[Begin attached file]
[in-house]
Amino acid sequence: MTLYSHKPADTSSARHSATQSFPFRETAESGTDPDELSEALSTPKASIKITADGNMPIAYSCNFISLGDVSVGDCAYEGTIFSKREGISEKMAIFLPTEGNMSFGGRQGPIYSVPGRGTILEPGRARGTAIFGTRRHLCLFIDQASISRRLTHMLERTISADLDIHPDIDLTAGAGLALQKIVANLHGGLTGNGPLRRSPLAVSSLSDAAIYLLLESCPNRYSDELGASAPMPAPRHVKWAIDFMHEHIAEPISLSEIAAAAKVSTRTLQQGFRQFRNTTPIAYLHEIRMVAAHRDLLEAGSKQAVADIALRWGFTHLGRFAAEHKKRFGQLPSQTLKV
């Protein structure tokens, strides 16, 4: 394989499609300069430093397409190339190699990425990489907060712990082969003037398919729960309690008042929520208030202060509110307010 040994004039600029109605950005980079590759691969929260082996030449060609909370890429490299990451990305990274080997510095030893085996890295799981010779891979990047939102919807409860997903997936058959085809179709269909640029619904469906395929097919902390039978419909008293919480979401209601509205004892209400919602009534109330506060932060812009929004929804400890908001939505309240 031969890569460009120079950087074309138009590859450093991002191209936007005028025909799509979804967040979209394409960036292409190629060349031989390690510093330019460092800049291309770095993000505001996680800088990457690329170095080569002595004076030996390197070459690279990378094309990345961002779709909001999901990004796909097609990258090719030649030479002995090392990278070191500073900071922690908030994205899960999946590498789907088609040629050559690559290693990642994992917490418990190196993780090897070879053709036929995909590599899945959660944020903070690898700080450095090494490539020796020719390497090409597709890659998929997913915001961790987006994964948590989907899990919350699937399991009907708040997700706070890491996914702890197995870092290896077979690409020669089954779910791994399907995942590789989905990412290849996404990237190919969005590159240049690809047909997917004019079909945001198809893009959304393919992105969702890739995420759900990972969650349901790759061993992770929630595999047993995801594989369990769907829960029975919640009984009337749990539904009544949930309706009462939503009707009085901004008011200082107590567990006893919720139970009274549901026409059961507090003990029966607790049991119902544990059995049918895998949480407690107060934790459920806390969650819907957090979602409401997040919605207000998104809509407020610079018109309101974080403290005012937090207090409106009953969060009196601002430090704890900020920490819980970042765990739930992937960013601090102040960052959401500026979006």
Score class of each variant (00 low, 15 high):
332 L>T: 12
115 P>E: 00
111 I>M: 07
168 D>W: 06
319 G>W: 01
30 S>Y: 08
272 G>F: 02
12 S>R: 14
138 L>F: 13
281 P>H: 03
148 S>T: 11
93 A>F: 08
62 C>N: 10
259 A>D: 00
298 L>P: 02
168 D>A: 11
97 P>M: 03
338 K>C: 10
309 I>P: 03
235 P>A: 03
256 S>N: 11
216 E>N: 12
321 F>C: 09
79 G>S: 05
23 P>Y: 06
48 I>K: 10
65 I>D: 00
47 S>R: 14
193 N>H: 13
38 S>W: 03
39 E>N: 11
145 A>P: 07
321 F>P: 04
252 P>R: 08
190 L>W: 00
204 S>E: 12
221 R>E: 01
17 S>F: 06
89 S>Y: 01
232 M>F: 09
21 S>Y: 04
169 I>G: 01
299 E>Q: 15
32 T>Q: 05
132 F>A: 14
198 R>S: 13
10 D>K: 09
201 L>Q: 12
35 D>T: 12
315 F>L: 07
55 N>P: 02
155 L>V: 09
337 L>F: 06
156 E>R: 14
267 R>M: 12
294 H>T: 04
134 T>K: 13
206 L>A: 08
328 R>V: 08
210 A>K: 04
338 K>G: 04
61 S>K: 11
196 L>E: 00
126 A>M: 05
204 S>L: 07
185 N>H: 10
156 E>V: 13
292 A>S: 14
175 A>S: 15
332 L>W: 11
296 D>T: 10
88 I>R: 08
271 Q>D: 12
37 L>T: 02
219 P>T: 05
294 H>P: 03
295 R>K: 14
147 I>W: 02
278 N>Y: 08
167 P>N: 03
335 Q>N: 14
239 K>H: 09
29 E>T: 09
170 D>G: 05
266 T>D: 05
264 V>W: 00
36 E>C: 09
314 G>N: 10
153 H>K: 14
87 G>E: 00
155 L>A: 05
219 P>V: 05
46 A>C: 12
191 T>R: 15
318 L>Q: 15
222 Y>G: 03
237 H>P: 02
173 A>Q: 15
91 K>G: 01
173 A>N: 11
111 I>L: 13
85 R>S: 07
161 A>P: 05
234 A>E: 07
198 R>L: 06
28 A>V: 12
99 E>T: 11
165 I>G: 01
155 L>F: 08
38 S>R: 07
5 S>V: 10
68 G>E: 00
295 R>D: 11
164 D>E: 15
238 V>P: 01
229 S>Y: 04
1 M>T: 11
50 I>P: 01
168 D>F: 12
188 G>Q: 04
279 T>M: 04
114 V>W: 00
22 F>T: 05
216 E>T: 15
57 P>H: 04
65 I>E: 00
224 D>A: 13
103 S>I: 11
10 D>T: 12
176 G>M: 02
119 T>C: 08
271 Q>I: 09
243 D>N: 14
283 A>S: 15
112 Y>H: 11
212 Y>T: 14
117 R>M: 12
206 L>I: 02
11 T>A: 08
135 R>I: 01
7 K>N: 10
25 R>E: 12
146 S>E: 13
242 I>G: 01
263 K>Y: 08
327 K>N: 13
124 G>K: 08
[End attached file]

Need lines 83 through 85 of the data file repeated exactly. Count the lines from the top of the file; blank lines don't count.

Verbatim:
278 N>Y: 08
167 P>N: 03
335 Q>N: 14